06 August 2012

80s Facts - Cassettes And CDs...

 A mid-1980s TDK audio cassette. Keep a pencil handy.

Those were the days! In the early 1980s, audio cassettes, launched in the 1960s, finally outsold vinyl records and were clearly the preferred technology. This was, in part, due to the rising popularity of the Sony Walkman, launched in England as the Sony Stowaway in 1980. Apparently, pop group Bow Wow Wow were the stars of the first commercially released cassette single in the world ever, which was also released in 1980. Appropriately, the subject matter of the song was cassettes - C30, C60, C90 Go!

Doesn't seem that exciting now? It didn't at the time either, so don't worry.

Of course, cassettes were great fun - recording the Top 40 off Radio 1 on your dad's hi-fi or your radio cassette, hearing the music warble, go muffled and then cut out as the machine ate your tape, re-spooling tapes with the aid of a pen or pencil - we now look back at it all with gooey-eyed nostalgia. 

The 1980s were undoubtedly the heyday of the audio cassette, but the shoulder padded era also launched the compact disc - 1983 saw its debut in England. 

Now That's What I Call Music 4 in 1984 was the first Now to appear on CD and contained a selection of songs featured on the vinyl and cassette versions.

Like most new technology, the discs and equipment to play them on were initially expensive and so the rise of the CD was slow. But by the late 1980s they were outselling vinyl, although audio cassettes, now helped enormously by the cassette singles suddenly flooding the record shops in the last couple of years of the decade (they were launched as a serious alternative to vinyl singles in America in 1987), were still the top seller until the early 1990s.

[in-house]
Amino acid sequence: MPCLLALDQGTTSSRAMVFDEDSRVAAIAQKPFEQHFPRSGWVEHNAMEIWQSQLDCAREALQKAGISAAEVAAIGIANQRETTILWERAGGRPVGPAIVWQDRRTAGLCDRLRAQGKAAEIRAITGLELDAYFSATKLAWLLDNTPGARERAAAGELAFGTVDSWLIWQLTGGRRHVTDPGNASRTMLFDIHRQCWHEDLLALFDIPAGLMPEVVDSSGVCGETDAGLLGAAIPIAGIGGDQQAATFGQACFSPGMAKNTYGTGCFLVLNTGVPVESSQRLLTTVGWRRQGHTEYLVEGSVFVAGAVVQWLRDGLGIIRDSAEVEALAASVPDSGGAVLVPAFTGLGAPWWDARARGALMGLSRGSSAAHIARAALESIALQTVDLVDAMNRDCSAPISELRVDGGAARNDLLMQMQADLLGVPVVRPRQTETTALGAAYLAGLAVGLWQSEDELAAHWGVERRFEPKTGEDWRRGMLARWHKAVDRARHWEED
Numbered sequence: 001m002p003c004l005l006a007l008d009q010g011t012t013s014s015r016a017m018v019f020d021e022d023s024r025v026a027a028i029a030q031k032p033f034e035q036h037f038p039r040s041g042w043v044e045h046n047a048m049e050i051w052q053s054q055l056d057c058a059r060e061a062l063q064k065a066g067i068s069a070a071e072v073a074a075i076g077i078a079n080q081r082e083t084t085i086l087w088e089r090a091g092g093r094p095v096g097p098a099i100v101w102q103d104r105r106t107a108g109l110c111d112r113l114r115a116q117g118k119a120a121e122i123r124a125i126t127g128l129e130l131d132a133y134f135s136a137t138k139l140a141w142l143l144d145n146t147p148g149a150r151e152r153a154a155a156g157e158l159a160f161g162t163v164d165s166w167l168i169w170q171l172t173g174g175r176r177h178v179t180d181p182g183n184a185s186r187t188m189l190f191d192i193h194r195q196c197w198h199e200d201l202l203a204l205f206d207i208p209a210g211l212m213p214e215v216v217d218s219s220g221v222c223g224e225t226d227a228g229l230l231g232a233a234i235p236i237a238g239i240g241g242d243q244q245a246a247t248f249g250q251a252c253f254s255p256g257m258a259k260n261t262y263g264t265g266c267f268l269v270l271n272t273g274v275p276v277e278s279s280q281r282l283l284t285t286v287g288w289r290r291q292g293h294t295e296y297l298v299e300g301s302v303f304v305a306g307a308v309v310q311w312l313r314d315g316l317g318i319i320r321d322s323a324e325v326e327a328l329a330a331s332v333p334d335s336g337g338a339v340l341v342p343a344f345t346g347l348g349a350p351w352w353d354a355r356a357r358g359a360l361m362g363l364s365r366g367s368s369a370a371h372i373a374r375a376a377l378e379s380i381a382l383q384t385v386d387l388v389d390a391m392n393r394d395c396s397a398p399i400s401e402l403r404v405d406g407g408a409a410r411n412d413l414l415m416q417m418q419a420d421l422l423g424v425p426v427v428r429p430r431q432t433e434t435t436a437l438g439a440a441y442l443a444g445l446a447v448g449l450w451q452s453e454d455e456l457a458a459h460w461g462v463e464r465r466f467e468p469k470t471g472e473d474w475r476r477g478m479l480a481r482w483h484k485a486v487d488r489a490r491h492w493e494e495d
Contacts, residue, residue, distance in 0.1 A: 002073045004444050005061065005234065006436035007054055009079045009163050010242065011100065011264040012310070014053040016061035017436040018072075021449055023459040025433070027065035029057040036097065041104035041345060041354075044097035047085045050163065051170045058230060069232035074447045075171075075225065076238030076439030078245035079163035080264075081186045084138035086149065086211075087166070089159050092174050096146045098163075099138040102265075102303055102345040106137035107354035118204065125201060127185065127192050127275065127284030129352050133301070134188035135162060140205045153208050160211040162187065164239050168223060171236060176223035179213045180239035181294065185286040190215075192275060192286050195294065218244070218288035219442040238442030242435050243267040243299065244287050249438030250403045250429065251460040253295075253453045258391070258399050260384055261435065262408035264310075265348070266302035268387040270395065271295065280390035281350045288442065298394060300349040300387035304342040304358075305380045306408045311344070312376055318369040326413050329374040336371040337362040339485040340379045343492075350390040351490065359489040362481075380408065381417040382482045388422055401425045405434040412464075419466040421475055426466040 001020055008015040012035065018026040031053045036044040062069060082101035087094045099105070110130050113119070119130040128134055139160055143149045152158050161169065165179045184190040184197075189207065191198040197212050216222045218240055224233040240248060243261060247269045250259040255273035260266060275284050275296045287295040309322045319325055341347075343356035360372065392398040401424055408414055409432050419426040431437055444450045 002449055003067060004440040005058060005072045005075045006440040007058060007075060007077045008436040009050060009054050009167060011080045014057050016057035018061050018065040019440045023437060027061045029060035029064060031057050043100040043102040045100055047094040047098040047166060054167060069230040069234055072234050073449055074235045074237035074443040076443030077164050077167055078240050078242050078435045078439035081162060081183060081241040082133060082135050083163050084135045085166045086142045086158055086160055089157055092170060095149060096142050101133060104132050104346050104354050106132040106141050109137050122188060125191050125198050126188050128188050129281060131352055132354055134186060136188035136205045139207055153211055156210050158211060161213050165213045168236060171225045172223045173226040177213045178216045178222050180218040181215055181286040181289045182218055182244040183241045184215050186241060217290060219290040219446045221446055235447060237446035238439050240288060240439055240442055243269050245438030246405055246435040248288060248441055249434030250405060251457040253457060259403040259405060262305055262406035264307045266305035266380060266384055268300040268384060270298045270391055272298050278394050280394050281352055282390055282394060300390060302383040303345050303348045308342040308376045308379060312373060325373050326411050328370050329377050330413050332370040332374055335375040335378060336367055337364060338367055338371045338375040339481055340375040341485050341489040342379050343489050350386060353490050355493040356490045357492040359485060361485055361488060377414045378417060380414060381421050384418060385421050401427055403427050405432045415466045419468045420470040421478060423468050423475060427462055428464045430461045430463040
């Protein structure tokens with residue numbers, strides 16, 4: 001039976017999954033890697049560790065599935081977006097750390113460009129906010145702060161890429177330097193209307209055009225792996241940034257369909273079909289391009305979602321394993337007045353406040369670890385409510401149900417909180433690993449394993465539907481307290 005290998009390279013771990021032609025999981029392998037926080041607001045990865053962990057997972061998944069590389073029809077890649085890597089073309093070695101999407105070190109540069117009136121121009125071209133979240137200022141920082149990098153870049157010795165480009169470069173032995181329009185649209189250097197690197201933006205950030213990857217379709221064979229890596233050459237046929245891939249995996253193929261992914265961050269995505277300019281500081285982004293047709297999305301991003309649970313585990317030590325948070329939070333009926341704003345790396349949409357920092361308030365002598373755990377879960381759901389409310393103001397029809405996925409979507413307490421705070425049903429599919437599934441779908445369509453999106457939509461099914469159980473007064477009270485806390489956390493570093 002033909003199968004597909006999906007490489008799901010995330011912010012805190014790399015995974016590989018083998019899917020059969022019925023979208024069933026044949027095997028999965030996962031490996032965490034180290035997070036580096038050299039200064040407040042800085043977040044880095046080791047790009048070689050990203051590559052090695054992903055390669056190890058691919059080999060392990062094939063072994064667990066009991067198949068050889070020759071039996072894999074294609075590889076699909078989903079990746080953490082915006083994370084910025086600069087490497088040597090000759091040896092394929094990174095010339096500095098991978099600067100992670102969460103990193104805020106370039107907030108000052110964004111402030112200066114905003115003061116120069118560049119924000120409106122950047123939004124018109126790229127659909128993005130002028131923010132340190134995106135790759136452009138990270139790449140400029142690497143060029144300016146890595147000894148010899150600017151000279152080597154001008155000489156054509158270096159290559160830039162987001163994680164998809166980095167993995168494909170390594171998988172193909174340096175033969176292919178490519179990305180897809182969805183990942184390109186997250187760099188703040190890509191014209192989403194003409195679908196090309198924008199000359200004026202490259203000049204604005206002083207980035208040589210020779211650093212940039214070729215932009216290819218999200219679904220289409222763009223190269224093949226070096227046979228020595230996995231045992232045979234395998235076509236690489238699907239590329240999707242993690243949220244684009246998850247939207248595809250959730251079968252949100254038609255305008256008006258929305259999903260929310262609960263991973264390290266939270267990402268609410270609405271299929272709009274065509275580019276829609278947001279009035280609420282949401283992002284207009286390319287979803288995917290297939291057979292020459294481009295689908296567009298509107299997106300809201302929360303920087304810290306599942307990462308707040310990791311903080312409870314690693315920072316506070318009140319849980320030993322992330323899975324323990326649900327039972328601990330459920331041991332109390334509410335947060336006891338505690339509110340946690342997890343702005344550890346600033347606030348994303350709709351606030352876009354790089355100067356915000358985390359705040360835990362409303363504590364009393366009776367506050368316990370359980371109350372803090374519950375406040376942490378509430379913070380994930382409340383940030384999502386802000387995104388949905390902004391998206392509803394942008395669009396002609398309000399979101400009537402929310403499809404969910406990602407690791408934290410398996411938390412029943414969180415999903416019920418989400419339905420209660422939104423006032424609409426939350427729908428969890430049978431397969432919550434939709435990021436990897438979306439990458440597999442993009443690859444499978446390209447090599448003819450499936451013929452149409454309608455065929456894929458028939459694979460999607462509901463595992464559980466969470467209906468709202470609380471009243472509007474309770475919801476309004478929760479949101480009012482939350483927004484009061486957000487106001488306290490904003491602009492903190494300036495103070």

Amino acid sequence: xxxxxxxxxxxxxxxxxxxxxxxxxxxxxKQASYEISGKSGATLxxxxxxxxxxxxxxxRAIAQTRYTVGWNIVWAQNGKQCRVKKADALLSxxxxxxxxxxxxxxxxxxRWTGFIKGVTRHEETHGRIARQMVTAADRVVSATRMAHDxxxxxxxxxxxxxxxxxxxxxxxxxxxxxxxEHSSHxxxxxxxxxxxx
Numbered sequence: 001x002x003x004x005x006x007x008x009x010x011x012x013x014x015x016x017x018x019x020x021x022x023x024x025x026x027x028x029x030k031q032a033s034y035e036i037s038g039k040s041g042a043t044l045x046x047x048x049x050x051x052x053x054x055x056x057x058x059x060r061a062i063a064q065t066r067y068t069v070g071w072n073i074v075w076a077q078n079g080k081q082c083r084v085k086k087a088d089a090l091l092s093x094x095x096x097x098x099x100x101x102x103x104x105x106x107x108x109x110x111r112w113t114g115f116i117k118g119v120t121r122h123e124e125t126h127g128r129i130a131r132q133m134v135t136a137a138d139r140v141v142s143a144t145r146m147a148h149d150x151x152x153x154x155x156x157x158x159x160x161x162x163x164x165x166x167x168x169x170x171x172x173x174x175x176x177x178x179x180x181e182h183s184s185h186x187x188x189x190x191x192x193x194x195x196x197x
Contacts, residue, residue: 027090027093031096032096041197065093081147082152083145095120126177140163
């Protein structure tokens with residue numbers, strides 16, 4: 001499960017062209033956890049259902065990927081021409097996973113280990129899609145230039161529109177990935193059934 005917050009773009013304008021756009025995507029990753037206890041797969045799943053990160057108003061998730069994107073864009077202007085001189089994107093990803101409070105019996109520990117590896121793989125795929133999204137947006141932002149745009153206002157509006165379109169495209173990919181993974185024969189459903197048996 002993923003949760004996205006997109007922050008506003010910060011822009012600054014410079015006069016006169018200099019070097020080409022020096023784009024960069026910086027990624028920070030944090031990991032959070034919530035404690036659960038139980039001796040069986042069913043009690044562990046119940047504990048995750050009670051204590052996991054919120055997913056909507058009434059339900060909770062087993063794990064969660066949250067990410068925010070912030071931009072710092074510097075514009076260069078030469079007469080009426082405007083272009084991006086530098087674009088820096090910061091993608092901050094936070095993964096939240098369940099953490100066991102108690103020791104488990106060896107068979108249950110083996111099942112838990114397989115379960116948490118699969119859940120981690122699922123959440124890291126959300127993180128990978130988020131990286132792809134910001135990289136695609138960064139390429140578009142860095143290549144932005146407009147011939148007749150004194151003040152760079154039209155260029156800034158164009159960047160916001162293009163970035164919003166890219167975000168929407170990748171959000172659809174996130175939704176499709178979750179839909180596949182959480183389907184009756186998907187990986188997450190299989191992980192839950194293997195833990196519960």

Curiously, many retro-loving youths of today, brought up with sophisticated iPods, CDs, etc, have a soft spot for the dear old cassette.

Nice, innit? Just keep that pencil handy...


Dave Mullen said...

Many a time a precious cassette of music culled over many weeks of 'lifting' from the Radio or the John Peel sessions was eaten and lost to the player, C90S being the worst offender...:(

I still have all my cassette's oddly enough, right at the bottom of the wardrobe in cases, I do mean to get rid but never get round to it. Subconcious block maybe?
The real strength of Cassettes was their ease of use, you could tape selected songs off the radio at will, record virtually anything for easy playback, I still likely have a lot of cassette's filled with stuff from the radio and unique tracks from shows like John Peel's or even documentaries from Radio 2. Irreplacable.

CDs from my memory only came into the mainstream by the end of the 80s as you say, it did take a while for them to fully take off though and I know for a fact I was still buying cassette albums as a norm well into the early 90s... Having said all of that though CD is definitly the superior format overall, the significant drawback though is that it is nowhere near as easy, or therefore as popular, to tape direct off the radio anymore...

Drew said...

I used to love taping off the radio! What a cheap way to get music! My Tube Cube, that marvel of 1980s engineering, worked very hard indeed for me! The only trouble was DJs coming in and wittering on before the song had finished! This cheesed me off on more than one occasion! :)